Saturday, July 9, 2011

Beautiful Things

"We're Christians--what does that look like?" Mrs. Amy Lancaster, who lives at WeWillGo, the homeless outreach ministry my family and I have been a part of for several years now, asked us this morning. Well, on July 9th, 2011, it looked like over a hundred brothers and sisters in Christ, the body of Christ, joining together to read the entire Bible over the course of a few hours. Today, being a "Christian" looked like a group of five reading passages out of Ezekiel, literally speaking life into and over a 21st century Valley of Dry Bones, prophesying and believing that the Lord would bring life where there has been death. It looked like children, black and white, sitting without the bondage of racism and fear on the porches of abandoned crackhouses, houses in which fugitives have hidden and alcoholics have wasted their lives, helping their parents slay Jackson's Goliaths of drug addiction and poverty through faith. It looked like people with controlled, suburban lives allowing the Lord to control their lives for a few hours, and, by doing so, they found themselves becoming a part of the lives of the sweet, bewildered homeless men and women wanting to know what all these crazy white folk were doing babbling on their corners and blocks.
It looked like reading the Word of God on streets that had truly never heard it before. Not once. And those streets, those people--they were parched. Cracked pavement from the heat and from lack of attention; streets that, in people's eyes, lack worth. Houses that once were homes for families, a refuge. Families once dwelt there, put up Christmas trees there, married there, gave birth there; but now they are only dark caves for people who have run away from their families to crawl into. Once man-made streams are now man-made dumps for used syringes, cast-off-falling-apart right sneakers, garbage, etc. This is my city, the very heart of my state--can the body possibly prosper when the heart is so...sick?
It's not the Lord's plan for it to be parched, and, thankfully, it was His city before it was mine. So if it is His city, and it's always His desire to make all things beautiful (Ecc. 3:9-11) in His perfect timing (Isa. 55:8-9)--what does that mean for Jackson, Mississippi?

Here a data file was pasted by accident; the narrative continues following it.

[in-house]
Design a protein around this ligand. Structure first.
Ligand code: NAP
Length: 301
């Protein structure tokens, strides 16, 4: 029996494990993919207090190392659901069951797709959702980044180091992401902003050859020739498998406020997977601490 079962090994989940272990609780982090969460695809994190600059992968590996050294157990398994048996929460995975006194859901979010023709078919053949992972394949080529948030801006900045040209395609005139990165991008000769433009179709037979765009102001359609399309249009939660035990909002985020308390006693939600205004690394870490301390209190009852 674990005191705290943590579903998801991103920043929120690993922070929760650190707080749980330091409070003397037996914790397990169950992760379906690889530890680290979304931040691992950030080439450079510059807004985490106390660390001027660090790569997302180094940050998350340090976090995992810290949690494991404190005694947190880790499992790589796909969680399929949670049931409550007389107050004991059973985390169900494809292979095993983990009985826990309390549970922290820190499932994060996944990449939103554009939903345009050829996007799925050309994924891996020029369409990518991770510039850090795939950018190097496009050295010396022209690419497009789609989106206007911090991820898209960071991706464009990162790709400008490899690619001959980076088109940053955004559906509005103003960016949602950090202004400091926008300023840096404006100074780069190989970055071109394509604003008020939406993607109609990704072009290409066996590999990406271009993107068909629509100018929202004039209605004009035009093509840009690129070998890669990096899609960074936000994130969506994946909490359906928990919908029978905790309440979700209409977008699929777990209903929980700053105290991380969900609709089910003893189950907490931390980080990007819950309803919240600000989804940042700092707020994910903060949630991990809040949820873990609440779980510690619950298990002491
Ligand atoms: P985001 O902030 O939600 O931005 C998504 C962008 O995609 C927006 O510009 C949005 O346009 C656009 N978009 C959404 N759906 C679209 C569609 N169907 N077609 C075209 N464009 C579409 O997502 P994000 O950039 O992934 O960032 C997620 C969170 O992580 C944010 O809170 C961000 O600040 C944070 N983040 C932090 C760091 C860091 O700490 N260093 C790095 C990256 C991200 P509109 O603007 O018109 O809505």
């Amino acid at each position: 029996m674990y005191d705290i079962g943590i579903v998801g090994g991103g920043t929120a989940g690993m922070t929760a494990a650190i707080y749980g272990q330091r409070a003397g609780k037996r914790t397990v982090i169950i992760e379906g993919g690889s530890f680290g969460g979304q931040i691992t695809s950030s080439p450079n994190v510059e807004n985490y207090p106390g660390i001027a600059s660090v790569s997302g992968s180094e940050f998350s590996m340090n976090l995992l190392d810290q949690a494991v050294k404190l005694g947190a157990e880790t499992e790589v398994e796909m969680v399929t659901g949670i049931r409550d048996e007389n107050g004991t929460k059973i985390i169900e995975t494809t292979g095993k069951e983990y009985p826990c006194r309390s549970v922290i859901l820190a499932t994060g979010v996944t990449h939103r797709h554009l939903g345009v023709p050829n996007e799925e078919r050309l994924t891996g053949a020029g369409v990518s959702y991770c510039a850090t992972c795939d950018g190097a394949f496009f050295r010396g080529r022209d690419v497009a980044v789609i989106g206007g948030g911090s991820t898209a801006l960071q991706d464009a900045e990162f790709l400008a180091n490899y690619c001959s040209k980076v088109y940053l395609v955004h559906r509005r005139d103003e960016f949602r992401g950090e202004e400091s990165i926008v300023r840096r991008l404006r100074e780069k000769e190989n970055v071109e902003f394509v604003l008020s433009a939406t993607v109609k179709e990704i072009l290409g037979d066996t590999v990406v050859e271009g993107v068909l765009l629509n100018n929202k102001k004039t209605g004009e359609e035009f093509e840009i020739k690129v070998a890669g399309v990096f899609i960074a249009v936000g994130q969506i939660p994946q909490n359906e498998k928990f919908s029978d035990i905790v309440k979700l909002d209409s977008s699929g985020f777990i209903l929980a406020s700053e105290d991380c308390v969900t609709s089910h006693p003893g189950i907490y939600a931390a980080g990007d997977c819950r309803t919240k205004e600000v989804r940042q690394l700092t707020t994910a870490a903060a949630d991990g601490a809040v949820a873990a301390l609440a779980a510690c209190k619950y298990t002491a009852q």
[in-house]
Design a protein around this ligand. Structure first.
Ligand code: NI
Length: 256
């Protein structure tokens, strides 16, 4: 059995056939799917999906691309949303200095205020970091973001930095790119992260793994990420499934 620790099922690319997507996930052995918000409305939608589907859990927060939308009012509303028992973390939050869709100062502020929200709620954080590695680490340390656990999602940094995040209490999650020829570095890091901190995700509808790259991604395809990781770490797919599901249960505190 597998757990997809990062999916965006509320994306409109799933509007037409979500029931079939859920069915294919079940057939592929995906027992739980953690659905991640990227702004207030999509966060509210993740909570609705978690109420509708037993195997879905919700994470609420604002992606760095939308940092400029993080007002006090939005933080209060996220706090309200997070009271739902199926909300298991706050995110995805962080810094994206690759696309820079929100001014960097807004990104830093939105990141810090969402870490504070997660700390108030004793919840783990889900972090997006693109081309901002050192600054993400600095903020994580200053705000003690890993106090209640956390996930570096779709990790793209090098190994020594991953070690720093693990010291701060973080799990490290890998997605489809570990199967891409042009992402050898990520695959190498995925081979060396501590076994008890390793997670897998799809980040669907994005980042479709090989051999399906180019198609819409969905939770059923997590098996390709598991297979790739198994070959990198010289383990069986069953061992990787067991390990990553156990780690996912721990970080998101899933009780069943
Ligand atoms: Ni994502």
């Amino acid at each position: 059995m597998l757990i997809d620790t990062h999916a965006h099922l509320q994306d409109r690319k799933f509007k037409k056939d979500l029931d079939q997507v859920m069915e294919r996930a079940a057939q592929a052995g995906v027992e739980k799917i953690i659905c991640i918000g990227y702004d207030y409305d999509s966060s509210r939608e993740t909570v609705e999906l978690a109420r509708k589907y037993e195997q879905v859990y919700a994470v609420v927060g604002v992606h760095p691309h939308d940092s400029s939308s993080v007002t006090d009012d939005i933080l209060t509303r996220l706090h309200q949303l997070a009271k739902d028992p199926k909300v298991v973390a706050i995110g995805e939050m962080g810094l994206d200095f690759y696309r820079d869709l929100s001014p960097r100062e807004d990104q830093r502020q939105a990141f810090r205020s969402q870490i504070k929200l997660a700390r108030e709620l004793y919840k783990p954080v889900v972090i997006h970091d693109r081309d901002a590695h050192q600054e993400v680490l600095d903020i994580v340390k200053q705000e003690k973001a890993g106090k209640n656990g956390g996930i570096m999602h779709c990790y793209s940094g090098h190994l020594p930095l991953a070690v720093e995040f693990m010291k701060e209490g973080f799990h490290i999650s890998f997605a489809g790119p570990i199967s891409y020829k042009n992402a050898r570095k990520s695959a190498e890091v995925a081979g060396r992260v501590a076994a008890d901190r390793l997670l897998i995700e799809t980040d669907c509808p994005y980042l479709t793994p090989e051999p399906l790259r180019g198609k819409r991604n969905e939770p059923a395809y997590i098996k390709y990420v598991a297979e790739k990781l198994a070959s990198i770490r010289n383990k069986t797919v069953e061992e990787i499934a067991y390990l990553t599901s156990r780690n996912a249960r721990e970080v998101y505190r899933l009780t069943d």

It means that restoration, that beauty are coming to flood over the streets, blocks, and crackhouses of Mississippi's capitol.
I walked up and down my group's assigned--practically abandoned--street, and as people in my small group took turns reading aloud passages out of 2 Chronicles and Ezra, I held my youngest sister's hand and we played a game. It's called the Let's-See-How-Many-Beautiful-Things-We-Can-Find game, and the only rule was that you had to find the beauty that was around you; because it was there. Veins of lush green shoots running all criss-cross over the cracked lane; mimosa flowers still in bloom above our heads that sunshine danced through; an empty lot that with just a cutting could be a superb baseball lot; wild bushes that could bear fruit with a little tender and care, a polluted stream that, maybe someday, could run clear and be a place where children could splash during summer without fear of broken glass shards and bare needle points. We counted those beauties, the ones that were already before our eyes--the pink mimosa flowers, the strong grass shoots breaking through the concrete--, and we counted the ones that we could see would come to be, by faith and hope.

"You will go out in joy
and be led forth in peace;
the mountains and hills
will burst into song before you,
and all the trees of the field
will clap their hands.
Instead of the thornbush will grow the juniper,
and instead of briers the myrtle will grow.
This will be for the LORD’s renown,
for an everlasting sign,
that will endure forever.”
Isaiah 55:12-13

I prayed this verse over the street I walked, and I prayed in absolute faith that these things would come to pass in Jackson because I have already seen them come to pass in other cities, in the lives of others, and in my own life. Where I had planted briers, I have watched Him prune in a hurt-so-good kind of way and then lovingly and tenderly sown seeds of beautiful myrtle, and then water them with the Living Water that only He can offer and the blood that only He shed. Where I had allowed thornbushes to grow in my life, which, over time, cut me savagely and mercilessly, He has completely removed them so that a mighty and strong juniper could spring up. He has made a beautiful thing out of me so that I can better give Him the glory, and He has made beautiful things out of all of His children because He just absolutely adores us.
He doesn't just stop with us, with you and me. He can make beautiful things out of everyone. But why would He just stop there? He could make a beautiful thing out of Jackson, a beautiful thing out of Mississippi, a beautiful thing out of our country, a beautiful thing out of our nation...He could make a beautiful thing out of our entire world.
Oh. He can. And He does.


  1. This is truly are you my daughter.

  2. I loved this :) I can't think of anything else to say but THIS blog post was truly beautiful.